Like most states, Pennsylvania currently gives all of its electoral votes to the presidential candidate who wins the state.
Senate Bill 538 would automatically give the winner of the state-wide popular vote 2 of the state's electoral votes, and distribute the rest based on a percentage of votes won by each candidate. Under that system, President Obama would have received 12 of Pennsylvania's Electoral Votes, while Mitt Romney would have received 8.
Similar changes have been floated in other states by both parties, but Penn State Altoona political science Professor Nicholas Pyeatt is doubtful the bill will pass.
"The biggest reason it won't go anywhere is the simple fact that it will make Pennsylvania less important," he said. "Some candidates might say, 'Why don't I just focus more efforts in a state that's winner take all?'"
The proposed change has been criticized by the NAACP and Democratic state senators as an attempt to undermine Latino and African American voters.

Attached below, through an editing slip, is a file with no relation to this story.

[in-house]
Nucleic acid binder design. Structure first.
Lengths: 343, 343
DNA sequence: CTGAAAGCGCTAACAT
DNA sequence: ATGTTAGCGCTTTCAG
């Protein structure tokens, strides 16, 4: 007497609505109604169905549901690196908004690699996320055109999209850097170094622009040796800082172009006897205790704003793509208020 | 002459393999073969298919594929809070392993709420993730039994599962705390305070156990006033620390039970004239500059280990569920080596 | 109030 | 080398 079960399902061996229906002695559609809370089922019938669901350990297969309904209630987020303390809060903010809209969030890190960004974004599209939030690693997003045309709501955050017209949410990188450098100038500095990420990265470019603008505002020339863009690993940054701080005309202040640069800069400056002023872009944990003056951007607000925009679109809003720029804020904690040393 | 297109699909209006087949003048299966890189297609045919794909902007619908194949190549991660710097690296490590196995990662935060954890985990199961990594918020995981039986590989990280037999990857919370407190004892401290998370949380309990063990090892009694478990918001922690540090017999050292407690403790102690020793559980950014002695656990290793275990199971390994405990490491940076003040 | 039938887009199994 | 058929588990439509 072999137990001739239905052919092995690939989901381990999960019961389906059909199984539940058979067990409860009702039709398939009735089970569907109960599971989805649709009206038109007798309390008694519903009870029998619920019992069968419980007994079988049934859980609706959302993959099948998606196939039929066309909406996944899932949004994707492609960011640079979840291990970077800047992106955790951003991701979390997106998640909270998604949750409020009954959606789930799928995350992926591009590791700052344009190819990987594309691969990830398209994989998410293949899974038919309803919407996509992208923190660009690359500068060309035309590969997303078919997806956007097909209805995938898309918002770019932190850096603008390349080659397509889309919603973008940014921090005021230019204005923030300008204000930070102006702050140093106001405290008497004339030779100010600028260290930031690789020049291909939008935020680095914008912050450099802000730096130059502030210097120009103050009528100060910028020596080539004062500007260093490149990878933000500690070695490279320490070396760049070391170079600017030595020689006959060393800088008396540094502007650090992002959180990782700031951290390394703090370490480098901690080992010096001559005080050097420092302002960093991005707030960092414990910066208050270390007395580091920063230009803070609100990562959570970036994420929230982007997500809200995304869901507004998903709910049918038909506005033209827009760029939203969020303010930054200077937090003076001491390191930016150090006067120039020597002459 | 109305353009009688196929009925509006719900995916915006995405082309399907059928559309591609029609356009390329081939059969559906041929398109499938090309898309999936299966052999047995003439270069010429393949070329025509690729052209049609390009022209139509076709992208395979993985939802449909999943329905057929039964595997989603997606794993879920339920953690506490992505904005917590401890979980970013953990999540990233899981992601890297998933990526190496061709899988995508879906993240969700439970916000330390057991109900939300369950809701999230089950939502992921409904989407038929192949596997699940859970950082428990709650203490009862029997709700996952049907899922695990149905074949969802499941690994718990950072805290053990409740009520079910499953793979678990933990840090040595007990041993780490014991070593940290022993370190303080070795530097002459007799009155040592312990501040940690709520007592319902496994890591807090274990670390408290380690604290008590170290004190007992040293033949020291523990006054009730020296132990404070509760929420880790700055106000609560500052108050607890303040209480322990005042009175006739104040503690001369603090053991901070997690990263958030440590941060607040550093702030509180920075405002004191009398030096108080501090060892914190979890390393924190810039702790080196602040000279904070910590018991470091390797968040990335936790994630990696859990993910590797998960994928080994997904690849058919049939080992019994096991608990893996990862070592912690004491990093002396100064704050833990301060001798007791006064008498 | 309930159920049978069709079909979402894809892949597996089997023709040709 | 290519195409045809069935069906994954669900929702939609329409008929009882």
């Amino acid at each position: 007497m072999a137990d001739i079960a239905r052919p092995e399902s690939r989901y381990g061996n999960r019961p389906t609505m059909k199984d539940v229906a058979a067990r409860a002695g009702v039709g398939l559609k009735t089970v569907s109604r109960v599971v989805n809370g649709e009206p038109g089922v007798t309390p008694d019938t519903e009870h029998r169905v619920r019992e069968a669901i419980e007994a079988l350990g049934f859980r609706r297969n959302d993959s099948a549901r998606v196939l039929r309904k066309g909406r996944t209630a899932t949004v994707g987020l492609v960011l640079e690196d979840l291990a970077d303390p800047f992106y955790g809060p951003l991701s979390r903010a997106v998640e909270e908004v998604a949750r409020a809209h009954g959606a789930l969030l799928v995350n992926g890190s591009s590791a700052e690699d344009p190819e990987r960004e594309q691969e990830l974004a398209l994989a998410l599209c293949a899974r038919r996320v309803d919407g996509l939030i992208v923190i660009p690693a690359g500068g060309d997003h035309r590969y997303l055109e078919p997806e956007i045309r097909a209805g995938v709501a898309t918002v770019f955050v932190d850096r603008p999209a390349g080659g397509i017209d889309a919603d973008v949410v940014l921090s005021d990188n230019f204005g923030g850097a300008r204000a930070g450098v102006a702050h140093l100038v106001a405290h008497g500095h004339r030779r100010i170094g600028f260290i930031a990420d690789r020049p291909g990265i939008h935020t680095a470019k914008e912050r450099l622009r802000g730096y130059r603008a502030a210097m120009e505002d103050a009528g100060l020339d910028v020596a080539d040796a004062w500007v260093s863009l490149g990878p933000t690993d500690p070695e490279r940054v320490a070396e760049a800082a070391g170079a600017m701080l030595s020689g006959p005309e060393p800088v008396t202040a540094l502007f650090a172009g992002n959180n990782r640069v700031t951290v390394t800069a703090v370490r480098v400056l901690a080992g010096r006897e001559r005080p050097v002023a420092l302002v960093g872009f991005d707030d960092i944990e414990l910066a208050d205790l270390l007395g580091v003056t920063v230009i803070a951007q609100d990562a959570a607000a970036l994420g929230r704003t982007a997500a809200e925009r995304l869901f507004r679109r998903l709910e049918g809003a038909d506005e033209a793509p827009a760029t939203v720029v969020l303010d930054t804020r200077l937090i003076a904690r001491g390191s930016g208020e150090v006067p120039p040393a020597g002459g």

Democratic Senator Vincent Hughes (D) addressed the proposed changes at a news conference.
"Instead of focusing on the issues Pennsylvanians care about, they're [Republicans] more interested in rigging the next election in their favor with a scheme to change how Pennsylvania allocates its electoral college votes," he said.
The bill has 12 Republican cosponsors.
Sen. Pileggi's office told WTAJ that the bill is not a priority for Pileggi, and that he's more focused on the state's budget and pension reforms.
"There's an ongoing national discussion about whether or not the Electoral College should be changed," Pileggi's office said in a statement. "The idea of allocating electors with a proportional distribution is one that we believe has merit and should be part of that discussion."
Democrats have won Pennsylvania in every presidential election since 1992.
In the most recent presidential election, both parties poured enormous resources into the Pennsylvania with hopes of winning its 20 electoral votes.